Few things in life are more irritating than the unsolicited comments I get that black women, like me, are unlikely to marry. Family members ask, "Are you ever going to get married?" as if I am remaining single purposely to keep them from attending my wedding. Well-meaning married friends try to sell me on the idea that being single is liberating. And then there is my octogenarian aunt whom I love, but who also manages to unintentionally sucker punch me whenever I visit with the comment, "Maybe if you'd just straighten your hair you'd be able to find a man."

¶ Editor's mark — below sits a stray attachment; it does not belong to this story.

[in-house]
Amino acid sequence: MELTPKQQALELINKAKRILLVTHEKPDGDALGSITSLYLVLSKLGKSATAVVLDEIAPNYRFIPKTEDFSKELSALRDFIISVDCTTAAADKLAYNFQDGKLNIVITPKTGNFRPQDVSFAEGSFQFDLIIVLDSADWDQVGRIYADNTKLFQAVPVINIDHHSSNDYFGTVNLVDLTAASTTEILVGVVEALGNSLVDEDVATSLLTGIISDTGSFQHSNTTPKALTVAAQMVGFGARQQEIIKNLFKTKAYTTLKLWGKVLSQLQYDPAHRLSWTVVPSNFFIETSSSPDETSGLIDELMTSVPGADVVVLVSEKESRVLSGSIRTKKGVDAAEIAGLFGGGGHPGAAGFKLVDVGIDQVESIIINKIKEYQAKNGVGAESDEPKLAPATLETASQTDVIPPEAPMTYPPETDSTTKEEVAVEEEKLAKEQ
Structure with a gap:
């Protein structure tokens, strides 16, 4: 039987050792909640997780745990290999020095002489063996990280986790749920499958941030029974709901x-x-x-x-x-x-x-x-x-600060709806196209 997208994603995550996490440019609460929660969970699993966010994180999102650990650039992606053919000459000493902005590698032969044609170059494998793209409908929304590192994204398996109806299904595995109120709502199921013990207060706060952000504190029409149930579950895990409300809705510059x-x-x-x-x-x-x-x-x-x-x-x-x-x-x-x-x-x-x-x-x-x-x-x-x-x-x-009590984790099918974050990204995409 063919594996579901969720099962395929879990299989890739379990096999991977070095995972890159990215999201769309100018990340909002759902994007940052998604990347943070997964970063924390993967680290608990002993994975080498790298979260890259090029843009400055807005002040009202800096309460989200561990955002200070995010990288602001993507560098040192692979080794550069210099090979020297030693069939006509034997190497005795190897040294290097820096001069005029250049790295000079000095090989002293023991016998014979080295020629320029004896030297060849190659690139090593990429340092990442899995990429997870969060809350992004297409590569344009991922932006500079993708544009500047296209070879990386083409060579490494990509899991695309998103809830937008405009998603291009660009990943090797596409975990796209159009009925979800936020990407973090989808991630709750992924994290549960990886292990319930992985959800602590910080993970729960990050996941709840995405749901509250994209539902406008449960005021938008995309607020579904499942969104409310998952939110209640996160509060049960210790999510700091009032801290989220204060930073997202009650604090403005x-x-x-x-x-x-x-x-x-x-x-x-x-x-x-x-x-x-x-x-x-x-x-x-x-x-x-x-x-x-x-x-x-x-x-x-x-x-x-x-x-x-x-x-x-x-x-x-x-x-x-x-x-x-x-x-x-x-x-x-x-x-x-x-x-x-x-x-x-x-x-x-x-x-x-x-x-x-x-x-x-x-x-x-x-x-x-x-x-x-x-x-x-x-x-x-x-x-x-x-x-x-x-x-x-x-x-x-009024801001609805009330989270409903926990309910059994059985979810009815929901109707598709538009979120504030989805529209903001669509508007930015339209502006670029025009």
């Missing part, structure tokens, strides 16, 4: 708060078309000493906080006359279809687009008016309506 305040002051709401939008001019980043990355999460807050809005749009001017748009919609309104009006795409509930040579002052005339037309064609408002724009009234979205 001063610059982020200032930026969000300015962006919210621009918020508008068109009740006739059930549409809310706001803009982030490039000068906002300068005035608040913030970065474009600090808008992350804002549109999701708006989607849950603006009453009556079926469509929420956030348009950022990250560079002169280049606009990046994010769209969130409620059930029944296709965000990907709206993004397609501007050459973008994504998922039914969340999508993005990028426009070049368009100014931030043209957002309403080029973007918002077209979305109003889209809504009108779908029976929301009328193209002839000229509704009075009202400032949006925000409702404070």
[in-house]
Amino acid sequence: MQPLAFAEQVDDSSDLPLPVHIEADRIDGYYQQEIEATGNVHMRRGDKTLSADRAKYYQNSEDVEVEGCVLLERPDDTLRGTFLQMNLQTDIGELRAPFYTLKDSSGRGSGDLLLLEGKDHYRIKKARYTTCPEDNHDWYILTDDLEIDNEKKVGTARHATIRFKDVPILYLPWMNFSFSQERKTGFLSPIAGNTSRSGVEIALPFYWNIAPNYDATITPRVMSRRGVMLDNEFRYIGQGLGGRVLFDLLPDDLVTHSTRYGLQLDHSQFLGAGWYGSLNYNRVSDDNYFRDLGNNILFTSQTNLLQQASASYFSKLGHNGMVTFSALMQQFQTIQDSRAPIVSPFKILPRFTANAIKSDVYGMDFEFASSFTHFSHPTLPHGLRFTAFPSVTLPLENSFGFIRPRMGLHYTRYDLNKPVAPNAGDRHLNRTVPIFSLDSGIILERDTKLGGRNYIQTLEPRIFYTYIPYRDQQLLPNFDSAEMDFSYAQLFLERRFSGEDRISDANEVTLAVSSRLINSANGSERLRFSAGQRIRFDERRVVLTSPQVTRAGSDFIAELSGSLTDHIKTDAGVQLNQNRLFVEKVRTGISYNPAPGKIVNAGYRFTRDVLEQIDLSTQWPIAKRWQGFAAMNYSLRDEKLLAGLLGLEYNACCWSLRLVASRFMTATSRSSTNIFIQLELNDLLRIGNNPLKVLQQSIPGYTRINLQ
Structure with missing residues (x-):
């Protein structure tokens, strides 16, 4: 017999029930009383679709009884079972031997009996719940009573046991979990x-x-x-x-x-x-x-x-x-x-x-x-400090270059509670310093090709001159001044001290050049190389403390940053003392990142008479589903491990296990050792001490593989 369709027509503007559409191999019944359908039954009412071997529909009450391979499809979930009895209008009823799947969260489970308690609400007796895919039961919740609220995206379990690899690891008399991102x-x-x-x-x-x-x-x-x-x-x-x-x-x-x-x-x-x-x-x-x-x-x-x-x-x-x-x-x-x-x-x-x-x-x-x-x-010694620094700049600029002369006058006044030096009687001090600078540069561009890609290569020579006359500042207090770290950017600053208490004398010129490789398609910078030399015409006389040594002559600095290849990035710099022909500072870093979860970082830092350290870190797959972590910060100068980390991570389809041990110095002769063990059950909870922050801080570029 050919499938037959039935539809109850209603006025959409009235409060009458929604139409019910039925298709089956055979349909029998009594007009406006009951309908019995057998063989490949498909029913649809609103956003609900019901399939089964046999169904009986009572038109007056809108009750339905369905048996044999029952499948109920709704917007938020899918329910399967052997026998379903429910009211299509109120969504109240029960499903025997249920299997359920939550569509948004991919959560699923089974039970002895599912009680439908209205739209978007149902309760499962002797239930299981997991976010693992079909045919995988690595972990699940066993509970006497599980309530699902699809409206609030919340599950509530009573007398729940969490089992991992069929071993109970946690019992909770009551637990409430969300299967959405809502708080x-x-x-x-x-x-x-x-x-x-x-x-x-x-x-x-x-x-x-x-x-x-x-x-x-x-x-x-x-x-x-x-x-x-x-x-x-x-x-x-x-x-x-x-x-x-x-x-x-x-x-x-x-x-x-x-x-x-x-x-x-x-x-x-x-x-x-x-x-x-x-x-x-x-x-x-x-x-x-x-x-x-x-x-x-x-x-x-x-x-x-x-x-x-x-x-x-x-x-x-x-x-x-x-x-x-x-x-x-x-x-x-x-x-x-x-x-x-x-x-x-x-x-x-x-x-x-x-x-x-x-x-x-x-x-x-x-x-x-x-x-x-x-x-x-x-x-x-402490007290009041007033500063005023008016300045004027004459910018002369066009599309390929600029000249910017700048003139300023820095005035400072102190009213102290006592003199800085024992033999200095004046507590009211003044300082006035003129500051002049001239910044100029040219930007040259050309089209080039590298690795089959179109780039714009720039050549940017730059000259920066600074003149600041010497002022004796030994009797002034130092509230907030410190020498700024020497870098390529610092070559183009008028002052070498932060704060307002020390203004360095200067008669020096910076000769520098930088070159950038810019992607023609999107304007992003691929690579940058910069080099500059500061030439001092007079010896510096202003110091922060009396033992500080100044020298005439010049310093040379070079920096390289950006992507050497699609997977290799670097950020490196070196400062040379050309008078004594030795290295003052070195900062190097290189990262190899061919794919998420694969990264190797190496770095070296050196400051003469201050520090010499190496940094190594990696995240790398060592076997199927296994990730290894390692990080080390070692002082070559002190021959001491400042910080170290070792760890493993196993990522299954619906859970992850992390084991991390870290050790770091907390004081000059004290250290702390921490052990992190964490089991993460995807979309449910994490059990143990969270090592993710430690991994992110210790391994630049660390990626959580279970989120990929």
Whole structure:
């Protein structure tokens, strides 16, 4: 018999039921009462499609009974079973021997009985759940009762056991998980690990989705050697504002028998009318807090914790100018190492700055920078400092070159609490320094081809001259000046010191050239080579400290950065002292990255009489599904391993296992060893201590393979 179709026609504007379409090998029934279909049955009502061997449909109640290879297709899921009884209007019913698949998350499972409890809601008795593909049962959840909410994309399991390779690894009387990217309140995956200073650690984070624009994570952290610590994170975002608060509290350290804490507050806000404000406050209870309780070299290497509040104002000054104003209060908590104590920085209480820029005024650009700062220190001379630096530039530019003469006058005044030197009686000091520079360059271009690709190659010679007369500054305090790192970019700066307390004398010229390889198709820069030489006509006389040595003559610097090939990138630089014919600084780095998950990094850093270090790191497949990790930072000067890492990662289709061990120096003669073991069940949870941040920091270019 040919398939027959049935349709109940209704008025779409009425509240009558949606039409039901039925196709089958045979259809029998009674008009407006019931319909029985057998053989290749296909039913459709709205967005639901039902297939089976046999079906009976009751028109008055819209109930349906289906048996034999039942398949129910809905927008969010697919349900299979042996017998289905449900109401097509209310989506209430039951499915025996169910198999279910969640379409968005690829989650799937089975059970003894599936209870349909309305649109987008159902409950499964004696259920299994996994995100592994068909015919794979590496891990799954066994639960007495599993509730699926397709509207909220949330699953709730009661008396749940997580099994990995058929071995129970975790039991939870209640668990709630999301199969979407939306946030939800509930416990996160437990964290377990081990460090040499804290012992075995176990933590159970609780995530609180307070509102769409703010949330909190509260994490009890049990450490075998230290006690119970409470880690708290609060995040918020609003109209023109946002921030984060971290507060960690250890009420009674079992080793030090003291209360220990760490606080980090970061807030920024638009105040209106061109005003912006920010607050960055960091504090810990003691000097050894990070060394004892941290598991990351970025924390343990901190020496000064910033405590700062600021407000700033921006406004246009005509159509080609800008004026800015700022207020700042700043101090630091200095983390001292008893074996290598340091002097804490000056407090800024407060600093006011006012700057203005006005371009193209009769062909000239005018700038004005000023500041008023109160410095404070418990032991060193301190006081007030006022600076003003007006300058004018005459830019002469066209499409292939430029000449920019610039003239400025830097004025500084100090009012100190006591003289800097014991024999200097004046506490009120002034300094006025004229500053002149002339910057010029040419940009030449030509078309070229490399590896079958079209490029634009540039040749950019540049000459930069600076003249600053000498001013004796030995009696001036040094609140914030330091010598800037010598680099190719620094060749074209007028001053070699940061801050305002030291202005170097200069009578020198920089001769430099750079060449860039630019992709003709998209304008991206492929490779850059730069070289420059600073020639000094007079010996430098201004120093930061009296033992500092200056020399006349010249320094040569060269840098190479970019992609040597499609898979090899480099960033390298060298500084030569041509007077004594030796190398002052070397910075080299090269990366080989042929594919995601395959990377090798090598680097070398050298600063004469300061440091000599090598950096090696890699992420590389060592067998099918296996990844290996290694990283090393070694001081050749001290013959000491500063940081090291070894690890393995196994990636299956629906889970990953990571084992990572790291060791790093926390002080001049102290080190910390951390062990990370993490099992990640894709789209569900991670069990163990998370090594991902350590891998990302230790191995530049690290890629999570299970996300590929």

I'm almost positive the people in my life don't mean to add to the anxiety I already feel about being single in my 30s without children. Implicit in some of their comments is the idea that my failure to marry is beyond my control, a function of being born black and female.
More:Single African American Women Women In Their Thirties Single-black-woman Being Single Single Women In Their 30s
How will Donald Trump’s first 100 days impact YOU? Subscribe, choose the community that you most identify with or want to learn more about and we’ll send you the news that matters most once a week throughout Trump’s first 100 days in office. Learn more